Like previous studies [31, 32], we found that applying any type of imaging protocol reduces the uncertainties and residual setup errors compared to only using skin-marks for patient alignment. This difference was smaller for patients treated in the earlier years. Both imaging protocols and immobilizations have changed over the years, which affects this trend. In the era of daily image guidance, the difference might also originate from less time being spent on patient alignment when a verification image is pending.
When investigating the isocenters individually, the positioning errors and uncertainties found in this study are comparable to previously published research for other sites [8, 13,14,15]. Al-Wassia et al.  studied the effect of a 3-DoF couch correction, and found uncertainties that were substantially lower than ours for the single isocenter treatment. Their maximum mean deviation, in any direction, was found to be 6 mm while ours was 24 mm. Our results were, however, comparable to other similar studies investigating errors, uncertainties and margins for craniospinal treatments [34,35,36]. Stoiber et al.  found a maximum deviation of 18 mm and 10 °, again compared to our 24 mm and 9.6 °. Gupta et al.  found a maximum deviation of 20 mm. Interestingly, Thondykandy et al.  found the SU to be larger than the RU for CSI while our results show the opposite. The SE was investigated as an additional control to check that there were no systematic setup errors occurring in our imaging that potentially could bias the results, and indeed we found a SE close to zero.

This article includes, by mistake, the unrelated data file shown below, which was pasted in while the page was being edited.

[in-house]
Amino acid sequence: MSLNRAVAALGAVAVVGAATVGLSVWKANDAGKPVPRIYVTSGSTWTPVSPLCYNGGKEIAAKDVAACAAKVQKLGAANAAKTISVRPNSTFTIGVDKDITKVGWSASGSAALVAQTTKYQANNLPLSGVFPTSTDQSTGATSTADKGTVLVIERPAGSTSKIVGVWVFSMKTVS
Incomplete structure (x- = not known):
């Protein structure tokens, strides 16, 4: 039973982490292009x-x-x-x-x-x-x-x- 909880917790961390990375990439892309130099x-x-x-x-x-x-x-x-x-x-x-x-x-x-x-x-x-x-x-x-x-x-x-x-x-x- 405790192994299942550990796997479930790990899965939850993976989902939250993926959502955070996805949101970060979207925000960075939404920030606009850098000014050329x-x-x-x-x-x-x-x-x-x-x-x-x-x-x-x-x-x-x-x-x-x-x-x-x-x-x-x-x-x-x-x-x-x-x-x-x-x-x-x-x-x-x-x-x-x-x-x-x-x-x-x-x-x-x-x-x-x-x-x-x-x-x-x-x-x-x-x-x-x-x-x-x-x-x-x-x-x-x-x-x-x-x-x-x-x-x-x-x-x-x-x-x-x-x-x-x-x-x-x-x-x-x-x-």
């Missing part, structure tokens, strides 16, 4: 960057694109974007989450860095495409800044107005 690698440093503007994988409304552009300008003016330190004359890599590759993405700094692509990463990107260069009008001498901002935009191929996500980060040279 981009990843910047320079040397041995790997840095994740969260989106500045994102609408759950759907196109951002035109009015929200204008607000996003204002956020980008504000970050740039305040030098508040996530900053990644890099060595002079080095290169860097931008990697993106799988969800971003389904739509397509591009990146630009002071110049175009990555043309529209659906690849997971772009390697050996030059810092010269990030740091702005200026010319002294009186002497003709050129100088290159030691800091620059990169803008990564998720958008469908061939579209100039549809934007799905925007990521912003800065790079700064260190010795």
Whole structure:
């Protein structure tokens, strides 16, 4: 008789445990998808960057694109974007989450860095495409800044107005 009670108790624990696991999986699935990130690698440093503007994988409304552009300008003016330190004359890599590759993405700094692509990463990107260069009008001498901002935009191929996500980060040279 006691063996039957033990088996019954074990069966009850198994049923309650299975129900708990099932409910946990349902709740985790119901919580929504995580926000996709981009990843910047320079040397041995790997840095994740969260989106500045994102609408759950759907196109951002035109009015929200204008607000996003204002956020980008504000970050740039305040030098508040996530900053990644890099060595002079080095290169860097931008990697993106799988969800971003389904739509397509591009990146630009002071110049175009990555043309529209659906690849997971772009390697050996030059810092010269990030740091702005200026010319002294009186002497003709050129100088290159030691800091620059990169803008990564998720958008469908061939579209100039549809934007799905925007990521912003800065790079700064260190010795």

Our results show that daily IGRT substantially reduces setup uncertainties for pediatric CSI patients. Following a daily IGRT-protocol does, however, not guarantee satisfactory alignment when only a 3-DoF couch shift is applied. There are still quite large residual errors, some of which are the result of using multiple isocenters and narrow field junctions even if a 6-DoF couch shift would be applied. In conclusion, daily IGRT is the superior choice for setup of pediatric craniospinal patients, however, for centers that do not have this option, these results could be used to improve their margins and uncertainties for a more accurate treatment or used as a reference when comparing setup verification techniques.
Availability of data and materials
The datasets generated and/or analyzed during the current study are not publicly available due to that individual privacy could be compromised. Some restrictions apply to the availability of this data and parts of the data could become available from the corresponding author on reasonable request and with permission of PMR and KN.
Degrees of freedom
Central nervous system
Planning target volume
Mega-voltage computed tomography
Cone-beam computed tomography
Body mass index
Narrow field junctions
Wide field junctions
Volumetric modulated arc therapy
Intensity modulated proton therapy
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Thanks to Tobias Pommer (Skåne University Hospital, Lund, Sweden) for valuable input in manuscript clarification.
Funding was received from the Danish Childhood Cancer Foundation under grant numbers 2016–0225 and 2019–5993 and from the Swedish Childhood Cancer Foundation under grant number PR2018–0166.
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The Danish Patient Safety Authority and The Danish Data Protection Agency approved this study.
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PMR and AH reports research agreement with Accuray Inc. to the department, all outside the submitted work.
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Gram, D., Haraldsson, A., Brodin, N.P. et al. Residual positioning errors and uncertainties for pediatric craniospinal irradiation and the impact of image guidance. Radiat Oncol 15, 149 (2020). https://doi.org/10.1186/s13014-020-01588-2
- Positioning errors
- Positioning uncertainties
- Residual setup errors
- Craniospinal irradiation
- Image guidance